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Let $G$ be a finitely generated abelian group. Then there exists an integer $n \geq 0$ and subgroup $H$ of $\mathbb{Z}^n$ such that $G \cong \frac{\mathbb{Z}^n}{H}$.

The proof constructs surjective homomorphism $\phi : \mathbb{Z}^n \to G$ by mapping $(x_1,\dots,x_n) \in \mathbb{Z}^n$ to $x_1g_1 + \dots + x_ng_n \in G$ for generators $g_1,\dots,g_n$ of $G$. Then says by the First Isomorphism Theorem, we have $G \cong \frac{\mathbb{Z}^n}{\ker \phi}$

Firstly I don't understand this last 'jump', and also what does it mean to divide groups like that? Any help would be appreciated!

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The group $\mathbb{Z}^n/\ker \phi$ is a particular example of a quotient group (or sometimes factor group). This should be adequately explained in whatever textbook you're currently reading (you probably shouldn't even have begun to read these kinds of proofs, without understanding these notions first), otherwise have a look here: en.wikipedia.org/wiki/Quotient_group –  Martin Wanvik Apr 12 '12 at 16:41
    
Basically, if you have an abelian group $G$ and a subgroup $H$ of it, the quotient group $G/H$ is a group whose elements are the subsets of $G$ of the form $g+H$. But you really need to study carefully a textbook in order to get a thorough understanding. –  Andrea Mori Apr 12 '12 at 17:29
    
Ah thank you I did know about quotient groups I just have never seen it denoted like that :) –  user26069 Apr 12 '12 at 22:46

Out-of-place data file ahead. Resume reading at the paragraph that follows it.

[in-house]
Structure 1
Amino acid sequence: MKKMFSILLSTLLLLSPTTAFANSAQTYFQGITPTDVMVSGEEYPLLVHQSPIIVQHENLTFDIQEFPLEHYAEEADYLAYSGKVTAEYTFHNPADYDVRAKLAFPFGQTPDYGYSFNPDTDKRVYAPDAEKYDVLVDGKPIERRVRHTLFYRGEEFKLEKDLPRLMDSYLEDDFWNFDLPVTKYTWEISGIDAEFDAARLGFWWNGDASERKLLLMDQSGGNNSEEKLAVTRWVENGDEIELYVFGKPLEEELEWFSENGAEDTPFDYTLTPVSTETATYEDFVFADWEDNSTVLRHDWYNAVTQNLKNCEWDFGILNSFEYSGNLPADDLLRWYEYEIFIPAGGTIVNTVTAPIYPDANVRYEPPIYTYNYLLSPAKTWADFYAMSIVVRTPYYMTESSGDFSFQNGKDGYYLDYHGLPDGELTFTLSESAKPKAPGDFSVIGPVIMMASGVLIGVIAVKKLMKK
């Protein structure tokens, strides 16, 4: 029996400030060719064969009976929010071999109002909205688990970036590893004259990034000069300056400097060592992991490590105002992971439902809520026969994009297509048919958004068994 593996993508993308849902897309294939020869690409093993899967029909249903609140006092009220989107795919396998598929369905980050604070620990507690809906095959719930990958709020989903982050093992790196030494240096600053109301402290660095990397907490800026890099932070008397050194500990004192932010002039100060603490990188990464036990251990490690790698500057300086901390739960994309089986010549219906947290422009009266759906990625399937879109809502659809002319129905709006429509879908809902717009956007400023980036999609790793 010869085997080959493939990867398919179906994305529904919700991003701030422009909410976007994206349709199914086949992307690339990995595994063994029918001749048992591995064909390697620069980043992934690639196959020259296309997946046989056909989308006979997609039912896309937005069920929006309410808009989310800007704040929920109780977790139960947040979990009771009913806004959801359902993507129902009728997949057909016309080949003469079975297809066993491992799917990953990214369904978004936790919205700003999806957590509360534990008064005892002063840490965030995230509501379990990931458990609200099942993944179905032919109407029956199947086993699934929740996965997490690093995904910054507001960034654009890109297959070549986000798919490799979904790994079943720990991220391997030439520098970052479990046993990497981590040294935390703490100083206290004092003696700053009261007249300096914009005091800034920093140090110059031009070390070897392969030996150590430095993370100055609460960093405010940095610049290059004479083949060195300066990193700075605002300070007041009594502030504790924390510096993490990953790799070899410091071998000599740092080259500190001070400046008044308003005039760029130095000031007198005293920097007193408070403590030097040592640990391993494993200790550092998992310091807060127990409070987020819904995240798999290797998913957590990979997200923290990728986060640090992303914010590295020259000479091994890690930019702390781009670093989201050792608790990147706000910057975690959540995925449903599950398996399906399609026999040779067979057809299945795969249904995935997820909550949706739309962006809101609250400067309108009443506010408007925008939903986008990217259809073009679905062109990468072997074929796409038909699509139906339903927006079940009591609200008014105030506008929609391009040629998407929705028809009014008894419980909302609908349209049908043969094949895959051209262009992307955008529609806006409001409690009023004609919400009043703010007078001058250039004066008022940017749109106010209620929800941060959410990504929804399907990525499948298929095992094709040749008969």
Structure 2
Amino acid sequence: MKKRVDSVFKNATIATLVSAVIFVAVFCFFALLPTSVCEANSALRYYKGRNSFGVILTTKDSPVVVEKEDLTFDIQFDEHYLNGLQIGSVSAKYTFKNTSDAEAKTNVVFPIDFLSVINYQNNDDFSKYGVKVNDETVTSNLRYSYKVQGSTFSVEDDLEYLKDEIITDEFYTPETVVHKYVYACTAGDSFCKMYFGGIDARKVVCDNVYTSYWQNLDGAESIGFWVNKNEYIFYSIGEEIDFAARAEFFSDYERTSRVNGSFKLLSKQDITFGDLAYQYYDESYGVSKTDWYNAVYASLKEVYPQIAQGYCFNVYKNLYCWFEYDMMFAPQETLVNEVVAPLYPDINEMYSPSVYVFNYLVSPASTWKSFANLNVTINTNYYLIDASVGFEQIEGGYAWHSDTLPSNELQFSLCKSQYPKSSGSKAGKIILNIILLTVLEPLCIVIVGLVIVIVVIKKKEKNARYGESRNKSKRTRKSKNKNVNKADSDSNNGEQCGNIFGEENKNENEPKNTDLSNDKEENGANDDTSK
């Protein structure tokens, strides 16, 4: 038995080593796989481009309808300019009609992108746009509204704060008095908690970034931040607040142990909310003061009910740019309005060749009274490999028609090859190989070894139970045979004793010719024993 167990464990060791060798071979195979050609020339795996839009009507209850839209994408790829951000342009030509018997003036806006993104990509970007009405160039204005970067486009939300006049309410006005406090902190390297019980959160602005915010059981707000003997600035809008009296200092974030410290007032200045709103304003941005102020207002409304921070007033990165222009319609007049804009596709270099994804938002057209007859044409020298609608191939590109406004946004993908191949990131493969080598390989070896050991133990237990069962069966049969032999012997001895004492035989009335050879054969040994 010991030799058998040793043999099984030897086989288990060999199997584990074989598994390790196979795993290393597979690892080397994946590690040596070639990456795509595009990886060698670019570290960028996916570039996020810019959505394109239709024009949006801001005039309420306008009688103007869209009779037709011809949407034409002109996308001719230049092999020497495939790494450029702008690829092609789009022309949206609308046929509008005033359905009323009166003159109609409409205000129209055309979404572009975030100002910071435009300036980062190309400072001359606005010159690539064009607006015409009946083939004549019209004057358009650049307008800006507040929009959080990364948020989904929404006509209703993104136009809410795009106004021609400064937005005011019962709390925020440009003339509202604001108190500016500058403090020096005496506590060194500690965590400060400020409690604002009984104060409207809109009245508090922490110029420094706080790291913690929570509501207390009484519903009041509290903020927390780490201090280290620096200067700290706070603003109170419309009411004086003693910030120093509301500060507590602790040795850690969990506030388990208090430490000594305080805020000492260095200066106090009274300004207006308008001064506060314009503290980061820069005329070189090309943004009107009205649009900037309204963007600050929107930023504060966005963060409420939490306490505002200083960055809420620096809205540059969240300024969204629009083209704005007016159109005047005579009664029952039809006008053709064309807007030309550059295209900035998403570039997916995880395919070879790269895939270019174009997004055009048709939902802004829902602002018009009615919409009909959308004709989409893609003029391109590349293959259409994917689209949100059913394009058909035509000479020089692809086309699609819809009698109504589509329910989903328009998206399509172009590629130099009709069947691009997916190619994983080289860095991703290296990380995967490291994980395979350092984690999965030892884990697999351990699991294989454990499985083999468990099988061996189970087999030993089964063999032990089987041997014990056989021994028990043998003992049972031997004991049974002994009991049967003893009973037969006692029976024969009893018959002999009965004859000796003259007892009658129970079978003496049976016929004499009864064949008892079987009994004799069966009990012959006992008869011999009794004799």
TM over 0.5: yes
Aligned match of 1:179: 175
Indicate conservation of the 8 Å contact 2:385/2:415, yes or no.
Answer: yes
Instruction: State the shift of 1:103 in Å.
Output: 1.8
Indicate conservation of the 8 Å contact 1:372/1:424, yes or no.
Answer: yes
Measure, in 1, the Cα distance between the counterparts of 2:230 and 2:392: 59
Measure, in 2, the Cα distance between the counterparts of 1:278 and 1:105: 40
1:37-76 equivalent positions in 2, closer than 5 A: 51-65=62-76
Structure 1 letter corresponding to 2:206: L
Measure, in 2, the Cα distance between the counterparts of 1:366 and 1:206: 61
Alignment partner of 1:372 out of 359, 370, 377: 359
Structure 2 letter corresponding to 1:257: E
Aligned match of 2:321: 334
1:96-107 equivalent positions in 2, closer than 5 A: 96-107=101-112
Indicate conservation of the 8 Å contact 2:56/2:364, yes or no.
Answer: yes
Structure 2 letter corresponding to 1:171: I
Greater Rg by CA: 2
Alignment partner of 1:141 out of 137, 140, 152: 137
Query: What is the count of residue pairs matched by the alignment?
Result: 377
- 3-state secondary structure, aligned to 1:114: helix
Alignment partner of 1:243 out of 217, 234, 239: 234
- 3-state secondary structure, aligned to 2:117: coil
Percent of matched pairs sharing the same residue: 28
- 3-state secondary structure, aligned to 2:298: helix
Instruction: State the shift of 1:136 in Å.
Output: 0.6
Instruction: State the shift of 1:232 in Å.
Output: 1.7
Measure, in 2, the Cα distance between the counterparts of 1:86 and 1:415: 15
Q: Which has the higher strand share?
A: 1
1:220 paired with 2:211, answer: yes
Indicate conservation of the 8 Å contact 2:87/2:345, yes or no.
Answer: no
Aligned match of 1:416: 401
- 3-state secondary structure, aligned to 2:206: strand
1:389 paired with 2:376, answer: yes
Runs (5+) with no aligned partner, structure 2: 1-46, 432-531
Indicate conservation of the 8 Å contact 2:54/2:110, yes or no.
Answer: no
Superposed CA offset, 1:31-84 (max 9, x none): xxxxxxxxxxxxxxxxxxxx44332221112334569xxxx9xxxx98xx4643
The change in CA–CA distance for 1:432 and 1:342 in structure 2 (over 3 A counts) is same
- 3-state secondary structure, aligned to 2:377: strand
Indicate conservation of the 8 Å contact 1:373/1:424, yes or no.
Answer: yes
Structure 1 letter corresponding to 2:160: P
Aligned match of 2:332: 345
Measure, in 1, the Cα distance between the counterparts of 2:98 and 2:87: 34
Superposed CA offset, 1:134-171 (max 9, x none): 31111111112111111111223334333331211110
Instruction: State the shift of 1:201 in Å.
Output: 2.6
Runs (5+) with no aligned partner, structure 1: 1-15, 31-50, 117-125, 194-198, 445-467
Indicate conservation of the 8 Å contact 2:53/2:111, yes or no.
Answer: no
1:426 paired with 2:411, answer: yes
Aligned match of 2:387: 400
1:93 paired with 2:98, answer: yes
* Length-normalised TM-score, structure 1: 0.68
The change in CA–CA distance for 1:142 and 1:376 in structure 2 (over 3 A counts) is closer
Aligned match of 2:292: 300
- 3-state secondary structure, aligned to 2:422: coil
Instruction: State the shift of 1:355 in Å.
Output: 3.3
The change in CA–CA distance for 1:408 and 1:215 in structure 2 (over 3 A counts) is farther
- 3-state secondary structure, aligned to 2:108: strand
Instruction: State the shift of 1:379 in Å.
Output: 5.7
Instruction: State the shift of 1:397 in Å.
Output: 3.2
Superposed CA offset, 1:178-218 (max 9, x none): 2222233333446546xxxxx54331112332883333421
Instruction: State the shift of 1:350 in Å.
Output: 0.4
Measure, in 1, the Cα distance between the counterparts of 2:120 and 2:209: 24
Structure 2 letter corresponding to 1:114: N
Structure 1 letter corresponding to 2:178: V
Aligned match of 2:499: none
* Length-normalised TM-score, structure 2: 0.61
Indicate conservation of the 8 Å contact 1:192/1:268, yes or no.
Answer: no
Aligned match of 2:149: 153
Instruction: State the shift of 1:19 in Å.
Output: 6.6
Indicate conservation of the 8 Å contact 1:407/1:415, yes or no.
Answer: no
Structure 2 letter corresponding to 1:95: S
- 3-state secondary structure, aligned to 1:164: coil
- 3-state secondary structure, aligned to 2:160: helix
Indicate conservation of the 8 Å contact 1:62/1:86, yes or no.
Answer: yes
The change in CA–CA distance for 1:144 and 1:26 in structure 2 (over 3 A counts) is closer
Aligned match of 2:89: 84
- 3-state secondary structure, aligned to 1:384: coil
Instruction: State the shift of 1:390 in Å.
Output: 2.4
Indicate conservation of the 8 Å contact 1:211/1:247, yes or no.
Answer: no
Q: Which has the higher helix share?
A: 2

1 Answer 1

up vote 1 down vote accepted

Let $G$ be an abelian group and $H$ a subgroup of $G$. Consider the relation on $G$ which is given by $a\sim b$ $:\Leftrightarrow$ $\exists h\in H: a+h = b$. This is an equivalence relation:

  • If $a+h=b$ for some $h$, then $b+(-h)=a$ and $-h\in H$, so it is symmetric.
  • If $a+h=b$ and $b+g=c$, then $a+(h+g)=c$ - and for $g,h\in H$ we have $g+h\in H$. Thus, it is transitive.
  • Clearly, $a+0=a$ and $0\in H$.

Therefore, we denote by $[a]=\{ g\in G \,\vert\, g\sim a\}$ the equivalence class of some group element $a\in G$. We then denote the set of all these equivalence classes by $G/H=\{ [g] \,\vert\, g\in G\}$. Define a group operation on $G/H$ by the law $[a] + [b] := [a+b]$ and check that this is well-defined and an abelian group operation:

  • Let $[a]=[a']$ and $[b]=[b']$ and pick $h,f\in H$ with $a+h=a'$ and $b+f=b'$. Then, $(a+b)+(h+f)=a'+b'$, so $[a]+[b]=[a']+[b']$ as required.
  • The validity of the group laws and commutativity follow automatically.

Now, for the infamous

First Isomorphism Theorem. Let $G$ and $H$ be as above and consider a morphism of abelian groups $\phi:G \to M$. Assume that $H\subseteq\ker(\phi)$, then there is a morphism $\psi: G/H\to M$ with $\psi([a])=\phi(a)$ for all $a\in G$. Furthermore, if $H=\ker(\phi)$, then $\psi$ is injective.
Proof. Define $\psi$ as stated and check that it is well-defined: If $[a]=[a']$, we pick $h\in H$ with $a+h=a'$, then $\phi(h)=0$ by assumption and thus, $$ \psi([a])=\phi(a)=\phi(a)+\phi(h)=\phi(a+h)=\phi(a')=\psi([a']). $$ Now, if $H=\ker(\phi)$, then $\psi([a])=0$ if and only if $a\in H$, which is the case if and only if $[a]=[0]$, so $\psi$ is injective. qed

If we now also add the assumption that $\phi$ is surjective, as in your example, then we get a map $\psi: G/H \to M$ which is both injective and surjective, hence an isomorphism.

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